Yves Leberquier, one of Noriega's lawyers, read from a report by an EU human rights commissioner condemning the state of La Sante as "at the limits of human dignity."

Noriega's cell measures 2 meters by 3 meters (7 feet by 10 feet), Leberquier said, adding that the prison conditions were especially worrisome considering Noriega's health. Noriega suffers from blood pressure problems and is paralyzed on the left side as a result of a stroke four years ago, he said.

Another defense lawyer, Olivier Metzner, noted the "immense services" Noriega carried out for France, and pointed out that he was made commander in the Legion of Honor.

Both defense lawyers argued that under international law, France is obliged to accord Noriega POW status and that by not doing so, the country is shirking its international responsibilities.

The public prosecutor, Michel Maes, countered that because Noriega is facing common law charges that had nothing to do with his functions as a head of state, France was under no obligation to treat him as a POW. Maes also mocked Noriega's lawyers' complaints, saying it wasn't a hardship for the general to go without his medals.

Much of Monday's proceedings were devoted to a detailed summary of the allegations against Noriega. Judge Agnes Quantin detailed the complex financial manipulations allegedly used to feed accounts in France held by Noriega, his wife and daughters, as well as various Panamanian diplomats in Europe.

She also read summaries of testimony against Noriega, some of it provided to French authorities by their U.S. counterparts, giving details about Noriega's alleged dealings with the powerful Medellin cartel in Colombia.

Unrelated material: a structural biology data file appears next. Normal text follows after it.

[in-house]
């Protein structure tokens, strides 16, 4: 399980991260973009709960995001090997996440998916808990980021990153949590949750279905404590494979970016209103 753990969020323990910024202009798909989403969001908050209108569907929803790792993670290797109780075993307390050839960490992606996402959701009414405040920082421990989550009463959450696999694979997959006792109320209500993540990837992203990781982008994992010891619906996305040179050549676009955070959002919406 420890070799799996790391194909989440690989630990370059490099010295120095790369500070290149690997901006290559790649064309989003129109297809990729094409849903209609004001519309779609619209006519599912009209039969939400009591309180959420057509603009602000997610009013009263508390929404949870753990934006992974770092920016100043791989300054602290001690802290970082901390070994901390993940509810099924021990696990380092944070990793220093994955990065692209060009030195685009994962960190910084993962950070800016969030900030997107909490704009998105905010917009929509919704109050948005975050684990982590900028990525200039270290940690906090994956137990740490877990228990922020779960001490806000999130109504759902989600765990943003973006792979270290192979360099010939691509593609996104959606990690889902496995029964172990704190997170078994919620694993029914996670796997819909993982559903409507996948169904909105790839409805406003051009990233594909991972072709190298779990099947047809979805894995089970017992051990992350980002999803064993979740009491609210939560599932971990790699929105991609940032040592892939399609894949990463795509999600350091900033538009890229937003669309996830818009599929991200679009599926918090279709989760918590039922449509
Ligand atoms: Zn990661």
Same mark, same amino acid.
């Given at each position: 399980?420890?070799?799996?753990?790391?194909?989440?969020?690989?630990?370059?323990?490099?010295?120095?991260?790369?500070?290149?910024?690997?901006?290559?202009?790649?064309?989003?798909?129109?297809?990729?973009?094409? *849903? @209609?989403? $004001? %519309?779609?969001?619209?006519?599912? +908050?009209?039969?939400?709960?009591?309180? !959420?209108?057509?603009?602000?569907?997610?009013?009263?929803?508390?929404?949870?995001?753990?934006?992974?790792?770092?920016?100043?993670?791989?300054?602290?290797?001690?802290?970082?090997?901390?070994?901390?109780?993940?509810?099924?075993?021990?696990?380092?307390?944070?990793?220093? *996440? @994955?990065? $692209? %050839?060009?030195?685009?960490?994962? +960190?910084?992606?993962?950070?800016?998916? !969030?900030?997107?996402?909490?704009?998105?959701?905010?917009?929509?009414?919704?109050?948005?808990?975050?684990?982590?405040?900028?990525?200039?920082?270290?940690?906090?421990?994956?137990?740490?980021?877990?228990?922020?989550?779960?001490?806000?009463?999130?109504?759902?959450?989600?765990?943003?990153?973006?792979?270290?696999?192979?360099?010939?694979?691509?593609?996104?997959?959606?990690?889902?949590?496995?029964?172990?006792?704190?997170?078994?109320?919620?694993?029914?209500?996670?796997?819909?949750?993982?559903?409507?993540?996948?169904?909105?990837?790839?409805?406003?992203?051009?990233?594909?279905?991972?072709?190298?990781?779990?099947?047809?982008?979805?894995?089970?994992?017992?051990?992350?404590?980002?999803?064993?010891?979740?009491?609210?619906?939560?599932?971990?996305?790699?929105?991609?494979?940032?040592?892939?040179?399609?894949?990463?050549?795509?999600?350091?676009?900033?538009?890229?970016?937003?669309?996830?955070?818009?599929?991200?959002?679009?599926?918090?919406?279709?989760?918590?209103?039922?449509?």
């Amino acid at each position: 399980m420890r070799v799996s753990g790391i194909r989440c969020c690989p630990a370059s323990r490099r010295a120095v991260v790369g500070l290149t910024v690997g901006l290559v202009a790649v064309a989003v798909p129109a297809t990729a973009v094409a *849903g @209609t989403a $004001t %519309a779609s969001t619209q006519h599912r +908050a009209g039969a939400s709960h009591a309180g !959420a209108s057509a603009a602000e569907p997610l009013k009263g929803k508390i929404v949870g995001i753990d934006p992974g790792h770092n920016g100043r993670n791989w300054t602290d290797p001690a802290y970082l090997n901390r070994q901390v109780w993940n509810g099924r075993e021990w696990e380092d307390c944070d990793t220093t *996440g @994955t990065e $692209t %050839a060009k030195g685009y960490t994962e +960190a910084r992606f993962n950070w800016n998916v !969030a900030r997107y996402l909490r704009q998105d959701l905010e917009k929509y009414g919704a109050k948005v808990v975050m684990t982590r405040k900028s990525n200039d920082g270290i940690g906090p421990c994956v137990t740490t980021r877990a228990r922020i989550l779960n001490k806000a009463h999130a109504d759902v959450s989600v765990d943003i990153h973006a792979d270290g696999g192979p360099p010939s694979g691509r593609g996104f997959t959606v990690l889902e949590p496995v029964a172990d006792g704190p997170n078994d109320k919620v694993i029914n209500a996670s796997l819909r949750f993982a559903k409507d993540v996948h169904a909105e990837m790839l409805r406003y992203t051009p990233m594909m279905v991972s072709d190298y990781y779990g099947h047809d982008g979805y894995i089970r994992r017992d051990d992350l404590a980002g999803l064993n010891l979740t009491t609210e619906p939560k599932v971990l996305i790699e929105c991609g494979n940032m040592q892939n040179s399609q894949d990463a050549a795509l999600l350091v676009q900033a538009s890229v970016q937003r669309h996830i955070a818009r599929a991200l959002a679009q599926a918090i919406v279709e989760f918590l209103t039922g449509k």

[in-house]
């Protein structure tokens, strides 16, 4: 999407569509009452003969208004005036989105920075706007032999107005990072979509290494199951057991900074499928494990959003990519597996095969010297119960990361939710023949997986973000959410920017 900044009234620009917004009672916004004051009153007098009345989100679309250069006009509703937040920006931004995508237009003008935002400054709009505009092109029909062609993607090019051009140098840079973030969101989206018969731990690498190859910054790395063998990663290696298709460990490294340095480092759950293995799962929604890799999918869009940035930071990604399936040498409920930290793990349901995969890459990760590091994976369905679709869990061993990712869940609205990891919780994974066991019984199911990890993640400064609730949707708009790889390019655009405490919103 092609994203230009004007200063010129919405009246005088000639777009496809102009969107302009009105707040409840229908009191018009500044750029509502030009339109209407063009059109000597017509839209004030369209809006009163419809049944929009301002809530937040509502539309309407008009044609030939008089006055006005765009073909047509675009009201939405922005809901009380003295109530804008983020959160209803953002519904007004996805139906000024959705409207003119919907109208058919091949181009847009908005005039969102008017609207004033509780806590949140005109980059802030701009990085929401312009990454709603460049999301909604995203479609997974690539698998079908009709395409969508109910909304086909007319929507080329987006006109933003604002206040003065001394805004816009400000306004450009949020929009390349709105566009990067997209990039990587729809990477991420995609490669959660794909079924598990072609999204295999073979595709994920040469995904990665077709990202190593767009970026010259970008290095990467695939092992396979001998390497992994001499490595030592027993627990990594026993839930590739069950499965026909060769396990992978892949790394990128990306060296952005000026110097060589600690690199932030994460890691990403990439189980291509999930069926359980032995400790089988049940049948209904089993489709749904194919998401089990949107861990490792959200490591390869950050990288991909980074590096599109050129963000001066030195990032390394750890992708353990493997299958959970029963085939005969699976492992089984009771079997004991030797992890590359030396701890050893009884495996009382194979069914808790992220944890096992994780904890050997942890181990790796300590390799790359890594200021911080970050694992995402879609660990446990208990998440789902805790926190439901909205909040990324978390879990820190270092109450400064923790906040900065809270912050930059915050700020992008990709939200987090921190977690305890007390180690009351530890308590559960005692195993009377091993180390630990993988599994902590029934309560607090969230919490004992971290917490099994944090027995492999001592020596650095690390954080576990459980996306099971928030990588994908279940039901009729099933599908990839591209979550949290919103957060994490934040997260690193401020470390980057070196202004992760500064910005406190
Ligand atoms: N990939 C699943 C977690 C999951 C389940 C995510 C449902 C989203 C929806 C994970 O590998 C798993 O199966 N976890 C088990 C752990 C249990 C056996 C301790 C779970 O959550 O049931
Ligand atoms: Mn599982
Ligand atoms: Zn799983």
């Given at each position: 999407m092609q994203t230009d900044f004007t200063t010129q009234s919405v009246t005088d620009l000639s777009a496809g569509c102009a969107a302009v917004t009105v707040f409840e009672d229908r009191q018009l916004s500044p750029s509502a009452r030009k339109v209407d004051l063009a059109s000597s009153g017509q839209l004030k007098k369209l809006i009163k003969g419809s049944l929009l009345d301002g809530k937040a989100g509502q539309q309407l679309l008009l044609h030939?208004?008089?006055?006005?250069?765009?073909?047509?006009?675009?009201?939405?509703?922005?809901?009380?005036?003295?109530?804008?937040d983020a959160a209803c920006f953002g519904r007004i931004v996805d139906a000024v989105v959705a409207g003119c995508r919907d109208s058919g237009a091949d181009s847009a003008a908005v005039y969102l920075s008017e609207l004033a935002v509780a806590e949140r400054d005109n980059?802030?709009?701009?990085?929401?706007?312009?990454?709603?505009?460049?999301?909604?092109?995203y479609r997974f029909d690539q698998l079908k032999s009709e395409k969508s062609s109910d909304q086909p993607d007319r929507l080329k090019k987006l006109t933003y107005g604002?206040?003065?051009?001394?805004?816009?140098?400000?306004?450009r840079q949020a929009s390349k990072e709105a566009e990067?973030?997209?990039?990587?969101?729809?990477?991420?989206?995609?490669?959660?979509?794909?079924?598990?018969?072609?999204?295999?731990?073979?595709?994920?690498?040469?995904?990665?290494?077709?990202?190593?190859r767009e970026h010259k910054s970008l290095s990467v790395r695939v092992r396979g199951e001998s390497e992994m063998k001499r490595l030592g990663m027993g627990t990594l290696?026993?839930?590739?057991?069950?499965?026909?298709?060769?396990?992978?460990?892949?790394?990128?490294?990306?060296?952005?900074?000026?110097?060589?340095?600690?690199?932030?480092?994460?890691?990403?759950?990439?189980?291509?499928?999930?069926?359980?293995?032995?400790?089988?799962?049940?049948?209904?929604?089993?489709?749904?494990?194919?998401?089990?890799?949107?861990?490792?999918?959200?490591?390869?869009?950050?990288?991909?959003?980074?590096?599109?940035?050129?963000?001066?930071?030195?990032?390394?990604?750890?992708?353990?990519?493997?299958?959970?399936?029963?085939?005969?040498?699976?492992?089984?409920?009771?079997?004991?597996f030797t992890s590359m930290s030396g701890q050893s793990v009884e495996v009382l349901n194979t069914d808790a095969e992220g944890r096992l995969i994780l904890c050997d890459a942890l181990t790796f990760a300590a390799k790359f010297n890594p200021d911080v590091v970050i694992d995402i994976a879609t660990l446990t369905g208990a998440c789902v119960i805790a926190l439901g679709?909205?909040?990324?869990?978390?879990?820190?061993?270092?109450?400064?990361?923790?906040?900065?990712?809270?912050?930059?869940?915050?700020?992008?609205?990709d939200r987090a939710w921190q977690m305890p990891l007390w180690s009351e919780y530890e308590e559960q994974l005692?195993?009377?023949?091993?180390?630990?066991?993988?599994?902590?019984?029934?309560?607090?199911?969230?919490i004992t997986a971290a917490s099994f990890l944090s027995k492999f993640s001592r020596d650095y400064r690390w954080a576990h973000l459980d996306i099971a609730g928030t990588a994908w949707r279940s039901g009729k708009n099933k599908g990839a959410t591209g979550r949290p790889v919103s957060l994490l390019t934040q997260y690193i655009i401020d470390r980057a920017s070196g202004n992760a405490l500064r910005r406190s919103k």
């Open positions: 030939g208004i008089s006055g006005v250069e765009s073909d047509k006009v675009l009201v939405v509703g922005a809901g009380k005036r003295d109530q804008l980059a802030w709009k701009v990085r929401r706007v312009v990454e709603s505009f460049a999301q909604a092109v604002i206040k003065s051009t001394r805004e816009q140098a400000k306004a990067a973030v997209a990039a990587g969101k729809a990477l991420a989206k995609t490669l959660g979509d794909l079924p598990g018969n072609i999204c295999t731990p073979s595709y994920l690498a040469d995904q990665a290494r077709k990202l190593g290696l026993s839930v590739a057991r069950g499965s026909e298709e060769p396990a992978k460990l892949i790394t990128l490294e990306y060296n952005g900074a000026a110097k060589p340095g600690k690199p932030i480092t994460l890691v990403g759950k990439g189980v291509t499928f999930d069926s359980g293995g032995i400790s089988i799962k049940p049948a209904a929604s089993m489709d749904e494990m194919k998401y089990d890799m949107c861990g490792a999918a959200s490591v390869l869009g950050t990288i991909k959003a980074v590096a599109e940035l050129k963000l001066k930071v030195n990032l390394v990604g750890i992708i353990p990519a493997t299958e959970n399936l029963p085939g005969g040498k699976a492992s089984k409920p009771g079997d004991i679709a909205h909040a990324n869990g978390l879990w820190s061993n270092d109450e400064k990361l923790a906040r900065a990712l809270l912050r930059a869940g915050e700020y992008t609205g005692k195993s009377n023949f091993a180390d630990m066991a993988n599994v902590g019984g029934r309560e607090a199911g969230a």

Panama is seeking Noriega's extradition, bringing hope to his countrymen who want to see the former military strongman face justice at home for alleged torture and killings of opponents.

France already convicted Noriega and his wife in absentia in 1999 for laundering several million dollars in cocaine profits through three major French banks and using drug cash to invest in three posh Paris apartments on the Left Bank.

France agreed to give him a new trial if he was extradited. Noriega's wife, Felicidad Sieiro de Noriega, is living in Panama and faces no charges there.

The in-absentia conviction, obtained by the AP, says Noriega "knew that (the money) came directly or indirectly from drug trafficking." It said he helped Colombia's Medellin drug cartel by authorizing the transport of cocaine through Panama en route to the United States.

Noriega has maintained that he fought against drug trafficking and that the money came from other sources, including payments from the CIA. He had been considered a valued CIA asset for years before he joined forces with drug traffickers and was implicated in the death of a political opponent.

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Associated Press writer Pierre-Antoine Souchard contributed to this report.